Erin did a wonderful job making the stars, pressing the seams so they nested perfectly when I stitched the nine of them together. Her blocks were exactly the same size as each other, too. The nine wonky stars are significant: the colors represent the different karate belt colors on the way to black belt. That's why there's a white star, even though the contrast is low on that one.

This chunk of alphabet fabric, fattened up with some other scraps from Erin, makes a fun backing. The quilting is just walking foot cross hatching through the diagonals of the piecing. A zippy black and white striped binding finished it up.

Last but not least, this little owl quilt is finished. Actually, I finished it months ago and forgot to blog about it. So it's not really a UFO, but I'm guessing you are OK with me throwing it into this post. Owl Be Seeing You was made with all the owl fabrics that were part of the I-Spy square swap I participated in this summer.

I decided not to use owls in my quilts for Wrap A Smile or Quilts Beyond Borders. Some cultures associate owls with death, and since most of the quilts for those organizations go to other countries, I thought I'd save the owls for a US-based donation. 

And now I have three little quilts to share an envelope heading to their forever homes. A Doll Like Me creates soft, personalized dolls that look like the children who receive them. They are specially created for children who might have limb differences, or chemotherapy IV ports, or cochlear implants, or a number of other characteristics not found on typical dolls. It's wonderful for a child to love a doll that looks like him/herself! And very special dolls deserve their own quilt.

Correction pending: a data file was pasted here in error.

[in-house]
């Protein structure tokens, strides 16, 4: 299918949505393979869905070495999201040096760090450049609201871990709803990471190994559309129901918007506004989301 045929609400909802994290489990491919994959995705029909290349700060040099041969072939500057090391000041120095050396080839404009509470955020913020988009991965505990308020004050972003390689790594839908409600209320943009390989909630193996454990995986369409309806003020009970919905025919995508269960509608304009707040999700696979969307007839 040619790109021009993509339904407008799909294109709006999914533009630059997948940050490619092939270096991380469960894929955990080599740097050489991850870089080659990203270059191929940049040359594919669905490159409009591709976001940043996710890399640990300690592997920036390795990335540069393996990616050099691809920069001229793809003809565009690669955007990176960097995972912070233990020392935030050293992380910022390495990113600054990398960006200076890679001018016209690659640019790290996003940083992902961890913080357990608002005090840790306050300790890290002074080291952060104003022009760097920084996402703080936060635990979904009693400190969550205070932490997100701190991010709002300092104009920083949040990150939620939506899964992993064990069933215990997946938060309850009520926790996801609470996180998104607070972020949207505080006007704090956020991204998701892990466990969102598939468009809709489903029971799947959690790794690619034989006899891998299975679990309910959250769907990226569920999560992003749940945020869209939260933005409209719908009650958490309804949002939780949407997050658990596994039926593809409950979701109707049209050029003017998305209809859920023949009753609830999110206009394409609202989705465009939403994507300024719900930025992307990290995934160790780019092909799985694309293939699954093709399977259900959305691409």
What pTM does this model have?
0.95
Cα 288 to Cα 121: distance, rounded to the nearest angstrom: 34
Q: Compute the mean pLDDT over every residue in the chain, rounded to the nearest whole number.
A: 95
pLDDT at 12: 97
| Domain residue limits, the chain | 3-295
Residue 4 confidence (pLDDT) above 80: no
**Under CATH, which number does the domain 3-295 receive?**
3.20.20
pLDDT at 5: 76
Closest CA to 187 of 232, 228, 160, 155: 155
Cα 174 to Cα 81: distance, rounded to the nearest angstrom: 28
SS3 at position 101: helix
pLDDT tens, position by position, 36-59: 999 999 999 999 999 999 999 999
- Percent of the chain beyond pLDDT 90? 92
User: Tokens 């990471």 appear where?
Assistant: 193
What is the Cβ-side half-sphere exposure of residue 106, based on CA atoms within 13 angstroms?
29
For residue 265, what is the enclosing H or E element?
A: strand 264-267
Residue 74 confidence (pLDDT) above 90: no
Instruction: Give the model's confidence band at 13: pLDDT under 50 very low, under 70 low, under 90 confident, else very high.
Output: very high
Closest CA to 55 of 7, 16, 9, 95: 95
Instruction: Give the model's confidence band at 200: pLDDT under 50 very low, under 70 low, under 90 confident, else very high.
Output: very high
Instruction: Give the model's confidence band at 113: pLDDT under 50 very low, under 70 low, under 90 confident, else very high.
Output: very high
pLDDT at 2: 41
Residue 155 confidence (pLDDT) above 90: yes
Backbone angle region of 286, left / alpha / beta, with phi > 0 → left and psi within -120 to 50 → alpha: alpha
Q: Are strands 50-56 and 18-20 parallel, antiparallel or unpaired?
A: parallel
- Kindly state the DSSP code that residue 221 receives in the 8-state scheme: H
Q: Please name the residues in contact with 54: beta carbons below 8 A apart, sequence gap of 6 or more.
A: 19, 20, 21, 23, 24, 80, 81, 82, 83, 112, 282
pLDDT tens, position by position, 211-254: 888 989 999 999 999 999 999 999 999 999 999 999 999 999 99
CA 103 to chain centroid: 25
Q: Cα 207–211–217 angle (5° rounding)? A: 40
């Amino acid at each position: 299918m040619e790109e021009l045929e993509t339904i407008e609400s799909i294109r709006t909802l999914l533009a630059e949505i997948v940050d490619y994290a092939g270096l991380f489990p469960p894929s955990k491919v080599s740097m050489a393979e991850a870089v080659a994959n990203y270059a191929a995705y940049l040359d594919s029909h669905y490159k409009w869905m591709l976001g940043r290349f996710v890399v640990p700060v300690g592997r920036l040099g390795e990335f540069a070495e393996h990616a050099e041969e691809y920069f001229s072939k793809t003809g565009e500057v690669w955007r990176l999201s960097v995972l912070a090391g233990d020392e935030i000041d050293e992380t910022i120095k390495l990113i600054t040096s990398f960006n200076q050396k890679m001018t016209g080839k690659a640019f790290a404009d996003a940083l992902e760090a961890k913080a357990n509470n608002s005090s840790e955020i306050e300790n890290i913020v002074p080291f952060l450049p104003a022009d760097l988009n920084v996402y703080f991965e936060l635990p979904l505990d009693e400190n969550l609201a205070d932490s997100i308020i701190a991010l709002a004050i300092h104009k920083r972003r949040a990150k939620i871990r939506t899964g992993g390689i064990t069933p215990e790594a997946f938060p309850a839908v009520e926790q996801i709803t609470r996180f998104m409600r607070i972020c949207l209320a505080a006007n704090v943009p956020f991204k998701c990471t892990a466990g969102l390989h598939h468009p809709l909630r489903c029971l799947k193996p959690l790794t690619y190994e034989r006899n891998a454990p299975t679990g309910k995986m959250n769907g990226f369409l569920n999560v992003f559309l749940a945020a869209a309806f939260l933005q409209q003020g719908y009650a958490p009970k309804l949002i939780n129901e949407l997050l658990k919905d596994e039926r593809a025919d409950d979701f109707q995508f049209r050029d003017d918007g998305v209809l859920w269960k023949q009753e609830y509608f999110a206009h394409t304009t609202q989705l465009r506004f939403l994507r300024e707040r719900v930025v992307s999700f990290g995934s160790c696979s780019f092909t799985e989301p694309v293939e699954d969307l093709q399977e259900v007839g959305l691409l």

Monday, November 19, 2018

Giveaway winners!

Last week's giveaway has ended and I'm happy to announce our two winners. There were 35 total comments, with five people asking not to be included in the drawing. Of the 30 remaining, 5 were non-US addresses. So I asked the random number generator to pick a number between 1 and 25, and another between 1 and 5.

The winning number for the books was 11, Heide. She blogs at Heide's Quilty Hugs. Hope you find some fun inspiration, Heide!

The winning number for a pattern from The Canuck Quilter was 3, Lisa J. She blogs at Sunlight In Winter Quilts and picked the Sparkling Trail pattern. Great choice, Lisa!

Thank you to everyone who left a comment. I truly appreciate the time you take to respond to my posts. Your comments are what makes blogging fun. And congratulations to Heide and Lisa!

Saturday, November 17, 2018


In the last couple of weeks, I've been on a roll finishing UFOs. It started when Bernie at Needle and Foot put a call out for donations to Mercy Hospital in Sacramento, CA. She calls them Mercyful quilts, and they are for patients who are not expected to live. They receive a comforting quilt for their final days, and their families take the quilts home. This is similar to the work done by one of my regular charities, Covered in Love. 

Bernie suggested that we look through our UFOs to see if we had any that did not yet have a recipient, finish them up, and donate them. Since the program at Mercy Hospital is primarily for adults, the call was for adult sized and themed pieces. 

I immediately thought of two tops that were languishing on hangers in my closet. This one was made during the 12 Days of Christmas In July quilt along with Sarah of Confessions of a Fabric Addict. Instead of red and green yardage, I used red and aqua scraps. I'm calling it 12 Days of Scrappiness in July.

The piece originally ended up 51" square. I found some aqua yardage that matched nicely and added some 3" borders to make it 57" square. Another chunk of the aqua went on the back, along with this white with small violet flowers. Mostly white backings are not a good choice for most of my kid's charities, so I was happy to use it here. A scrappy red binding made from some Cinderberry fabrics (thanks, Rose!) was the perfect touch.

Sorry about the rather washed out photos, and the big sharp shadows across the quilts. We've been mostly sitting at anchor and it's been windy and cloudy and stormy for many days. So when a sunny, slightly less windy day appeared, I dashed out to take photos on the foredeck. The low sun angle really shows off the texture, but is lousy for much else. Oh well, it is what it is!